LAPD’s Surveillance Exposed in Ongoing Political Prosecutions

In an ongoing case against 11 activists, the LAPD and Los Angeles prosecutors have revealed the lengths they will go to repress political organizing. As part of an escalation in the criminalization of political protest, the activists are facing criminal charges connected with multiple protests against the Trump presidency. Protesters called for a sustained mass nonviolent movement against the president. The defendants include students, artists, social democrats, a military veteran, and others who have been referred to as the LA11.

What has been revealed at this stage of the case are dangerous levels of spying and surveillance on legal political activities. The legal cases have just begun, and what is coming out is that the LAPD used informants to record private conversations and even entire meetings of political organizations. Police videotaped and stalked political groups on college campuses as they participated in legally protected activities.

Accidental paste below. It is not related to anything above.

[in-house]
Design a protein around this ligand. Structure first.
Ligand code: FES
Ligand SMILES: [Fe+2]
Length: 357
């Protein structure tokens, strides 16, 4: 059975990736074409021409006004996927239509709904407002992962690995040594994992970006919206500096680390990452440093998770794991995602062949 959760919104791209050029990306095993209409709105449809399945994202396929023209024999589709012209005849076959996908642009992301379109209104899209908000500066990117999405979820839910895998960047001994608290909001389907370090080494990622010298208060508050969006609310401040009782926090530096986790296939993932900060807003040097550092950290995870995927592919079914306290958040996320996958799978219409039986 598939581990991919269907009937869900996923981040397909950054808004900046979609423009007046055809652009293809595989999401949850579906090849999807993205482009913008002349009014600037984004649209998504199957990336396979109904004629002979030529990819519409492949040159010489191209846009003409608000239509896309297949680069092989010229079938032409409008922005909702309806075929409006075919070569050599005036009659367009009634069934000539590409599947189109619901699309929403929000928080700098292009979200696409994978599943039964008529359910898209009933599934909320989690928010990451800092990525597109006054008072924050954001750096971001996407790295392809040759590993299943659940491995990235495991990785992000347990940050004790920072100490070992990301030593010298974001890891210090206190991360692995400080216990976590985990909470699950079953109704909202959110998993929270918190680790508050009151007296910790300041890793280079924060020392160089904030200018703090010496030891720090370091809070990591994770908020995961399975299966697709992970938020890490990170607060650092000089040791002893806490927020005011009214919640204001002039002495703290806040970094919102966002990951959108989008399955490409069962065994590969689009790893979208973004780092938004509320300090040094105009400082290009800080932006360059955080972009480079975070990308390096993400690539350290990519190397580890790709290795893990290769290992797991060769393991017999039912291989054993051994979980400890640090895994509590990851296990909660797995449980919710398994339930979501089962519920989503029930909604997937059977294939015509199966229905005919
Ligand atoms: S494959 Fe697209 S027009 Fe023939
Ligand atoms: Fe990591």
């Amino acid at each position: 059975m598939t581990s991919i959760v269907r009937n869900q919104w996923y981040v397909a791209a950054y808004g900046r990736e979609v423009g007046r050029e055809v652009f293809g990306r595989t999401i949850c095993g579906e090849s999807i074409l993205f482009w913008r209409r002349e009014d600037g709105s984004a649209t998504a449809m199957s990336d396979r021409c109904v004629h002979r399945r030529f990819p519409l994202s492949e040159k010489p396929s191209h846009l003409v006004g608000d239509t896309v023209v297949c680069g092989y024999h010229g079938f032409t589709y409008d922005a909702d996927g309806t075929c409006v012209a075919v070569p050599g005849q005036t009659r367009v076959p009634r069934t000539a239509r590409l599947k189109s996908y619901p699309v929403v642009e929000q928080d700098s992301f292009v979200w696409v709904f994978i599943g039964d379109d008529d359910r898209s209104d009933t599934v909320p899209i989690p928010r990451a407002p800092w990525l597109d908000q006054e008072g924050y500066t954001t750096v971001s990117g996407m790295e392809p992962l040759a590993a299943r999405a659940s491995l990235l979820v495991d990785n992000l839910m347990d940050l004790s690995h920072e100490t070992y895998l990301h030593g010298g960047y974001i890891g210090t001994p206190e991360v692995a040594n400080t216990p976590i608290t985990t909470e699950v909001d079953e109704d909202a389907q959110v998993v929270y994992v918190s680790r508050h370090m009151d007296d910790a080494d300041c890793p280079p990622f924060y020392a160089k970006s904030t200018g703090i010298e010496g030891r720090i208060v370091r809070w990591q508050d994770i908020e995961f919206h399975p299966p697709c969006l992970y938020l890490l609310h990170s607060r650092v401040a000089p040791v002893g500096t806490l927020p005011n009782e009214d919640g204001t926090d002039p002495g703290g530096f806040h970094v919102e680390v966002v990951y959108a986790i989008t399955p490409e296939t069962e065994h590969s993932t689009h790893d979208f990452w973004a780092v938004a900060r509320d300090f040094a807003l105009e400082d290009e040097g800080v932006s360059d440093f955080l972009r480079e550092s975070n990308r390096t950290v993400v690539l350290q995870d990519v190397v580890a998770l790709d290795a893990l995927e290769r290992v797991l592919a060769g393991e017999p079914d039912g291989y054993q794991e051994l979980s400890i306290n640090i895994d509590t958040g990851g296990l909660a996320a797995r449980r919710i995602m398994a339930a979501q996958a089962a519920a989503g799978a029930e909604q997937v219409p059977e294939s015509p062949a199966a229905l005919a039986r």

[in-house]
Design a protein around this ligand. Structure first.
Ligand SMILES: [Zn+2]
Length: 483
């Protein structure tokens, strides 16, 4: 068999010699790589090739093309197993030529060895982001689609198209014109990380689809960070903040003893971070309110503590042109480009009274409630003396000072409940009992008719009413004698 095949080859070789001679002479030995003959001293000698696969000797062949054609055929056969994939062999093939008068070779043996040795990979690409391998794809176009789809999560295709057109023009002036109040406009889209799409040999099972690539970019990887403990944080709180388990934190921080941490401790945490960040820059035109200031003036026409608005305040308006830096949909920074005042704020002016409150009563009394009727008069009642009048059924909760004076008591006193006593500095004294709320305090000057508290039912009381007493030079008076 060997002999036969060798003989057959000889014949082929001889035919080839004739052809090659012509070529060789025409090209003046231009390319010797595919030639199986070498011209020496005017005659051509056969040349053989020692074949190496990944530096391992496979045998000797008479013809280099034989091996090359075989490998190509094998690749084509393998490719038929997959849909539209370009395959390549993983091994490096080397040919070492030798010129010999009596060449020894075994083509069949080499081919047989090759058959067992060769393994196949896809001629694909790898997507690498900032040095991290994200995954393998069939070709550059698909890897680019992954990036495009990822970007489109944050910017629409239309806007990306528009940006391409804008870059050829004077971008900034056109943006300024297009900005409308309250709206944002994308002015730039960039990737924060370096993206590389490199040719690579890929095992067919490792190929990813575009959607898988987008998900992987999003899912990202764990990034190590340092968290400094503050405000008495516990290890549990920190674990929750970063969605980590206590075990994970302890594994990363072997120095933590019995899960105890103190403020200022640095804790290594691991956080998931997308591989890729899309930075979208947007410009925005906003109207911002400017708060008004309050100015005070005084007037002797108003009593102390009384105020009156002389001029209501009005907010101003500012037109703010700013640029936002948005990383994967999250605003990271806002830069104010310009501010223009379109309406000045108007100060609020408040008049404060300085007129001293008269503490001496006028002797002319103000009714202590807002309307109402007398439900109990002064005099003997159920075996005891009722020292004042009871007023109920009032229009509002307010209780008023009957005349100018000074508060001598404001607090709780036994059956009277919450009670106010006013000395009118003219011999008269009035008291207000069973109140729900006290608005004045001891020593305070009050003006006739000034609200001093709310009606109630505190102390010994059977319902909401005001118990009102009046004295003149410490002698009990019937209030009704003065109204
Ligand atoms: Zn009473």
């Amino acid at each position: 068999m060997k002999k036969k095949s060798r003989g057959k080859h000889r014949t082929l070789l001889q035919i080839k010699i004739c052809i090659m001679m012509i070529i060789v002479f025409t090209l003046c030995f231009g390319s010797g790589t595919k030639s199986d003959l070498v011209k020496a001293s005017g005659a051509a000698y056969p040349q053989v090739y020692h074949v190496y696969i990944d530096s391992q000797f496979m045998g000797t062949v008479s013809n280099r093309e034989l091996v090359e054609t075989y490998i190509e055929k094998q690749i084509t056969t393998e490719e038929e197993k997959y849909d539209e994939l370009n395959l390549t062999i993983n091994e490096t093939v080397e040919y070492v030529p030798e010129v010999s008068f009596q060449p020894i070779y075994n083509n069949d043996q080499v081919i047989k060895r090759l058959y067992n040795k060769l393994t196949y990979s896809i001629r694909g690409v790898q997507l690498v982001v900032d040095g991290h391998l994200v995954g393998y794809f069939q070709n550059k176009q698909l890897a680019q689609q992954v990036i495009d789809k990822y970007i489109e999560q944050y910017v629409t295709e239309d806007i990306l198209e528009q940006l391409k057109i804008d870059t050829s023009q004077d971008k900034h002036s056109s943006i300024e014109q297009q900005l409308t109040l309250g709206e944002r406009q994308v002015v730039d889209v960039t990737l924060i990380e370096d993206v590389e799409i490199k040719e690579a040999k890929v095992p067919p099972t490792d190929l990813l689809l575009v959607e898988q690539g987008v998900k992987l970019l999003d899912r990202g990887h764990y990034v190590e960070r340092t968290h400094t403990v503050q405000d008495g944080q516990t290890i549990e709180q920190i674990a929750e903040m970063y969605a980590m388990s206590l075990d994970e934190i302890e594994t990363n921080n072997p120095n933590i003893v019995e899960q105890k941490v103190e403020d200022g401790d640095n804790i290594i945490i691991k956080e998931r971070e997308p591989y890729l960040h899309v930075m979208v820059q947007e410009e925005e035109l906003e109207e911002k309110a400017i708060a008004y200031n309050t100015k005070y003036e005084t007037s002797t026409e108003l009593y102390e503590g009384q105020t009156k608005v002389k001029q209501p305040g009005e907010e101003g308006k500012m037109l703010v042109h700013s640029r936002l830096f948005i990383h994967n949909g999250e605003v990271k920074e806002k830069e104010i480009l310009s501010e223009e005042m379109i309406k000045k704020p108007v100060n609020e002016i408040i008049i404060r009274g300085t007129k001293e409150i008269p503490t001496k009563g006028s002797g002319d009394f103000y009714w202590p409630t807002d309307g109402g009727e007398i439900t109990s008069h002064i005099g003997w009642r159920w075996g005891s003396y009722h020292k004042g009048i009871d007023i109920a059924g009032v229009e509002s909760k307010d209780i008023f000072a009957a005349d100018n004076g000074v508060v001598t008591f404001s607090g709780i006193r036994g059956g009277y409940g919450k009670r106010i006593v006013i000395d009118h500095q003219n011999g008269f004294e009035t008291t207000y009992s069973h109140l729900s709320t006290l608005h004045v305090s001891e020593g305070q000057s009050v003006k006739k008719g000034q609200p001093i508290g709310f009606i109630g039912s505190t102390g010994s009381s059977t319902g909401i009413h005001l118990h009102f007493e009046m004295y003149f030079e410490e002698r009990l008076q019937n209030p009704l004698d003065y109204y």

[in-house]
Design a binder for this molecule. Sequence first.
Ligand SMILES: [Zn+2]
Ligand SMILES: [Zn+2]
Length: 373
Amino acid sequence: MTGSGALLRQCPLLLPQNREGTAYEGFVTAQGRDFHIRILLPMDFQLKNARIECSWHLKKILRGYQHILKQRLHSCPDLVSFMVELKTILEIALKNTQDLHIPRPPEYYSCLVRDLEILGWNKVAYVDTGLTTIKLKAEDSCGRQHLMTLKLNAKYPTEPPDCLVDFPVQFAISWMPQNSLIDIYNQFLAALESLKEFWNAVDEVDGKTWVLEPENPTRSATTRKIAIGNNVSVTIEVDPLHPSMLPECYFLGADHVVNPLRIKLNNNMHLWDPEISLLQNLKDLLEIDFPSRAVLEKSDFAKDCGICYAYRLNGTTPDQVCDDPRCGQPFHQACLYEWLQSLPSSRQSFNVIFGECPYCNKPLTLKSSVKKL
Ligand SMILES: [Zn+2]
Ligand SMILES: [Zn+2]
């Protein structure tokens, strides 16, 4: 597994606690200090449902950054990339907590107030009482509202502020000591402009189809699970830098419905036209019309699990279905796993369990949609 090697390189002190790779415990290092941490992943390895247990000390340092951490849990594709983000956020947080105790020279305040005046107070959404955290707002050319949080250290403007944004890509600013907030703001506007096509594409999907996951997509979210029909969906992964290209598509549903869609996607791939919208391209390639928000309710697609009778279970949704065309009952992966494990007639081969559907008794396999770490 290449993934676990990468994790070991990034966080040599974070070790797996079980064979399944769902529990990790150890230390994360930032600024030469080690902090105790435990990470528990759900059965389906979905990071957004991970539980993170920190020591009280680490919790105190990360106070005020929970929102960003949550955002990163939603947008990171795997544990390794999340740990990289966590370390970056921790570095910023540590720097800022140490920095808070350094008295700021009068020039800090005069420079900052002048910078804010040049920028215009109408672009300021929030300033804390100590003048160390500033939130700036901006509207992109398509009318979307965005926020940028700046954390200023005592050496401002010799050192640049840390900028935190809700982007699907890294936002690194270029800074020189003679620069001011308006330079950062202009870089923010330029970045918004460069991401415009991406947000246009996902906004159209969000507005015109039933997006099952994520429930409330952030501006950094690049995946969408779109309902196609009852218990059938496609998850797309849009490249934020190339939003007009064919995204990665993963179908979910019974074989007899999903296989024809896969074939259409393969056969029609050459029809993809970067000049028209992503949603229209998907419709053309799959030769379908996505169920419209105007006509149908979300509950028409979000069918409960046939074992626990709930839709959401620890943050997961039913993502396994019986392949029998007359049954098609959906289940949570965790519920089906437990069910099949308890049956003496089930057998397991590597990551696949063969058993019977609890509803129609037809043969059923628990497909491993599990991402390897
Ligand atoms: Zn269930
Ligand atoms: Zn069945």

The arrests stem from a number of demonstrations between September 2017 and March 2018, including shutting down the Los Angeles 101 freeway, stopping rush-hour traffic and a massive economic impact as a result. Shutting down interstates has an outsized economic impact compared to the cost of its undertaking. While shutting down interstates can be incredibly dangerous, it is a tactic protesters have long used for its value for drawing attention to causes. Other protests in the prosecutions cases were on the UCLA campus, including an event with treasury secretary Steve Mnuchin.

 

 

Image adapted from: “mobile-protestors” by EFF Photos and LAPD at NBA Finals Game 7 by Chris Yarzab are licensed under CC BY 2.0

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